Penicillin, a life-saving medicine, is the most common cause of drug allergy, with clinical manifestations ranging from temporary skin reactions to life-threatening systemic syndromes. Thus far, genetic factors have only been found for rare severe allergic reactions to penicillin. However, less is known about the genetics behind milder forms of penicillin hypersensitivity reactions that occur in a larger proportion of the population. A collaborative effort involving scientists from the Estonian Genome Center, University of Tartu, Statens Serum Institut, University of Oxford, Vanderbilt University Medical Center, Harvard Medical School, Broad Institute of MIT and Harvard, and 23andMe sought to identify genetic risk factors underlying penicillin-induced hypersensitivity reactions by harnessing self-reported data and the electronic health recovers of over 600,000 participants of European ancestry from the UK Biobank, Estonian Biobank and Vanderbilt University Medical Center’s biobank (BioVU).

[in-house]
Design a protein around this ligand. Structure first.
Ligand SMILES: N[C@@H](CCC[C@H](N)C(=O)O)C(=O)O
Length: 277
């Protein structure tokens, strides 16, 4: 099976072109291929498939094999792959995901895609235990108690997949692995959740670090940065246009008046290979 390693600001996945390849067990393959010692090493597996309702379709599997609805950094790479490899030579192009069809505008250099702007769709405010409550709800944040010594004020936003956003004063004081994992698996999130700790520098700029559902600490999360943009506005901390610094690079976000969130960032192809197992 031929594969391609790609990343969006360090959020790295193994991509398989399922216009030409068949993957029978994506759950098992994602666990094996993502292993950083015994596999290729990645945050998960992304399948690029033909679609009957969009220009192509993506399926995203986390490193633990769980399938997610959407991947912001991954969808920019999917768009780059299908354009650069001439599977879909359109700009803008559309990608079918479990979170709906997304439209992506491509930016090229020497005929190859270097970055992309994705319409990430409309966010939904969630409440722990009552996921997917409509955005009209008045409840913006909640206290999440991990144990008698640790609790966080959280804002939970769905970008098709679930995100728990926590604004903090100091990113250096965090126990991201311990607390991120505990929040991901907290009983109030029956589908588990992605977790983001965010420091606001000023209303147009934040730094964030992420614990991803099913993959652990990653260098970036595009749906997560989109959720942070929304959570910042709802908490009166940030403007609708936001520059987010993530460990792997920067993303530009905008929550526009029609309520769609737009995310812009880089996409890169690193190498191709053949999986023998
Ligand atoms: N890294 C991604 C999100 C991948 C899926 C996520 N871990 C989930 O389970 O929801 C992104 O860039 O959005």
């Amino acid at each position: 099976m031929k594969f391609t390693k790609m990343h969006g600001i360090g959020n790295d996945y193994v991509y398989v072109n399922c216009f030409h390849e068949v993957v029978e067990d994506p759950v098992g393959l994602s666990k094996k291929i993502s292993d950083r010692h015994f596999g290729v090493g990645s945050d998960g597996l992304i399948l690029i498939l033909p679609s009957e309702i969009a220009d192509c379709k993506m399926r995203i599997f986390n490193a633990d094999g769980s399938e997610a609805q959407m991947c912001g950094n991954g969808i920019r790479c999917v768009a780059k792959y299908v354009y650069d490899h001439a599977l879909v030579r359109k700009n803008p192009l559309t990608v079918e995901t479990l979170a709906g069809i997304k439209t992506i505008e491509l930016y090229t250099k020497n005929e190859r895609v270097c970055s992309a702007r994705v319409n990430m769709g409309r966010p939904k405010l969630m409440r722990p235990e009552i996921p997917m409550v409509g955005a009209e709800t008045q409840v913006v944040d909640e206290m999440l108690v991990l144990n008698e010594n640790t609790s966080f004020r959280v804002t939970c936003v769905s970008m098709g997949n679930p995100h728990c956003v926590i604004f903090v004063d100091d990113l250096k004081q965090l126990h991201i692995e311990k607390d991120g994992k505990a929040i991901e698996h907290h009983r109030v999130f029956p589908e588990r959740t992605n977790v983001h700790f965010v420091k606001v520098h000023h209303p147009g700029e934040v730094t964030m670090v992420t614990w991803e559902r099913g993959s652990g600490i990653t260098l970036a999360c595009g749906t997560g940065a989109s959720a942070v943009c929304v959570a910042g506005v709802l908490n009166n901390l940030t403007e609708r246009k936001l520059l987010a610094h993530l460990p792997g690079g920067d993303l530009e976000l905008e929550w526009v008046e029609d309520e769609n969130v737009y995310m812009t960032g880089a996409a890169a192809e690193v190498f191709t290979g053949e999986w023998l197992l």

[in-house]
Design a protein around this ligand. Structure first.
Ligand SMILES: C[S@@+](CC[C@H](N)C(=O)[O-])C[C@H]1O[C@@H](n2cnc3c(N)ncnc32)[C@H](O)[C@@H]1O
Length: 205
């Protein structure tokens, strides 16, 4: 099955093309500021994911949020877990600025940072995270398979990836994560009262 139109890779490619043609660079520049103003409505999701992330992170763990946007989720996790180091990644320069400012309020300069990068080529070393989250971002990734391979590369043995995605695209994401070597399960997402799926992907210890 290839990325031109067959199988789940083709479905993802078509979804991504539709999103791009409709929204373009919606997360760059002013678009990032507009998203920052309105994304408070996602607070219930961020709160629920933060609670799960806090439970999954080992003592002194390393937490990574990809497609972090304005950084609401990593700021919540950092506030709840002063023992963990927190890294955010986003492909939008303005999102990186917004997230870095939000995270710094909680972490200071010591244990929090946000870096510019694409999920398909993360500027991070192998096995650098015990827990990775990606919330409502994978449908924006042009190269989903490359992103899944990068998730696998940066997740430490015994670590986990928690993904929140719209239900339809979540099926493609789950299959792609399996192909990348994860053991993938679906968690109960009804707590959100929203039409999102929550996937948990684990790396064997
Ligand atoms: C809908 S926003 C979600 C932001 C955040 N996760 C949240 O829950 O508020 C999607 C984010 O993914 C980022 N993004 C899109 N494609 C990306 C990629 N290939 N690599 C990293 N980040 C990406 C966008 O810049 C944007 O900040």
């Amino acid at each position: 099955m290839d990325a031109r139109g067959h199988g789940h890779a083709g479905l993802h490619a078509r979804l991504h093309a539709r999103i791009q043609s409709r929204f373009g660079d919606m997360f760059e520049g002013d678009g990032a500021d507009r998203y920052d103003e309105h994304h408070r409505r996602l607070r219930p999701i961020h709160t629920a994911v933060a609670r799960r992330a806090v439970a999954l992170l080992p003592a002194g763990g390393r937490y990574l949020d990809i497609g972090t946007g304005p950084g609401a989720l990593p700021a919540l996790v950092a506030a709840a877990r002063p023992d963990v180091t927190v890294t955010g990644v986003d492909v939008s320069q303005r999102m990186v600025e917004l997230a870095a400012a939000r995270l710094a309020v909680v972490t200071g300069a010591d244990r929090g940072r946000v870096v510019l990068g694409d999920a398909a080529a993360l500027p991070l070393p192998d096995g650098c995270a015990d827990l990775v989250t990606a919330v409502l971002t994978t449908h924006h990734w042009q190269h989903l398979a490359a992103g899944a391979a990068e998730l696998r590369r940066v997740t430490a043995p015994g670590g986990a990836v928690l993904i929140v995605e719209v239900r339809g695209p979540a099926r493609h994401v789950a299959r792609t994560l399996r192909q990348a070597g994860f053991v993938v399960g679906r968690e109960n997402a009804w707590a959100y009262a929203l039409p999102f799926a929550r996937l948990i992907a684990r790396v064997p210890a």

The genome-wide association study (GWAS) of self-reported penicillin allergy in the different biobanks revealed a locus located in the major histocompatibility complex (MHC) I ...
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